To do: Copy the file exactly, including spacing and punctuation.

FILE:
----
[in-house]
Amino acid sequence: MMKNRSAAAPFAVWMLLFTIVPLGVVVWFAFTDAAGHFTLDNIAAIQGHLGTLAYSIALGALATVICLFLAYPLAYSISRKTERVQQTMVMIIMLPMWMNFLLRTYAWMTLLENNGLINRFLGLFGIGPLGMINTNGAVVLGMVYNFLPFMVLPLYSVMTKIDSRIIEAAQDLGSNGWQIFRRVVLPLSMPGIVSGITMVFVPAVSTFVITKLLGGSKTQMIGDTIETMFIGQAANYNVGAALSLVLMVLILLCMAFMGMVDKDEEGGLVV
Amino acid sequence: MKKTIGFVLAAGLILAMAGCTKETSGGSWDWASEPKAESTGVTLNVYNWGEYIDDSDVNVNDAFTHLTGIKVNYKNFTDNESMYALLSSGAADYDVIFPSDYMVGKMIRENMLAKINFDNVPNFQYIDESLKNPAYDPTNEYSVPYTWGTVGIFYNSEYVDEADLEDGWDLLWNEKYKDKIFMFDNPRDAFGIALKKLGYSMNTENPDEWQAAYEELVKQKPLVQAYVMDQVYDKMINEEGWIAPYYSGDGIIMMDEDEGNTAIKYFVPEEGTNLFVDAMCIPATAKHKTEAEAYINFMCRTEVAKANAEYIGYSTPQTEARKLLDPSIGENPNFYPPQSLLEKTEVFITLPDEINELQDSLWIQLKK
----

[in-house]
Amino acid sequence: MMKNRSAAAPFAVWMLLFTIVPLGVVVWFAFTDAAGHFTLDNIAAIQGHLGTLAYSIALGALATVICLFLAYPLAYSISRKTERVQQTMVMIIMLPMWMNFLLRTYAWMTLLENNGLINRFLGLFGIGPLGMINTNGAVVLGMVYNFLPFMVLPLYSVMTKIDSRIIEAAQDLGSNGWQIFRRVVLPLSMPGIVSGITMVFVPAVSTFVITKLLGGSKTQMIGDTIETMFIGQAANYNVGAALSLVLMVLILLCMAFMGMVDKDEEGGLVV
Amino acid sequence: MKKTIGFVLAAGLILAMAGCTKETSGGSWDWASEPKAESTGVTLNVYNWGEYIDDSDVNVNDAFTHLTGIKVNYKNFTDNESMYALLSSGAADYDVIFPSDYMVGKMIRENMLAKINFDNVPNFQYIDESLKNPAYDPTNEYSVPYTWGTVGIFYNSEYVDEADLEDGWDLLWNEKYKDKIFMFDNPRDAFGIALKKLGYSMNTENPDEWQAAYEELVKQKPLVQAYVMDQVYDKMINEEGWIAPYYSGDGIIMMDEDEGNTAIKYFVPEEGTNLFVDAMCIPATAKHKTEAEAYINFMCRTEVAKANAEYIGYSTPQTEARKLLDPSIGENPNFYPPQSLLEKTEVFITLPDEINELQDSLWIQLKK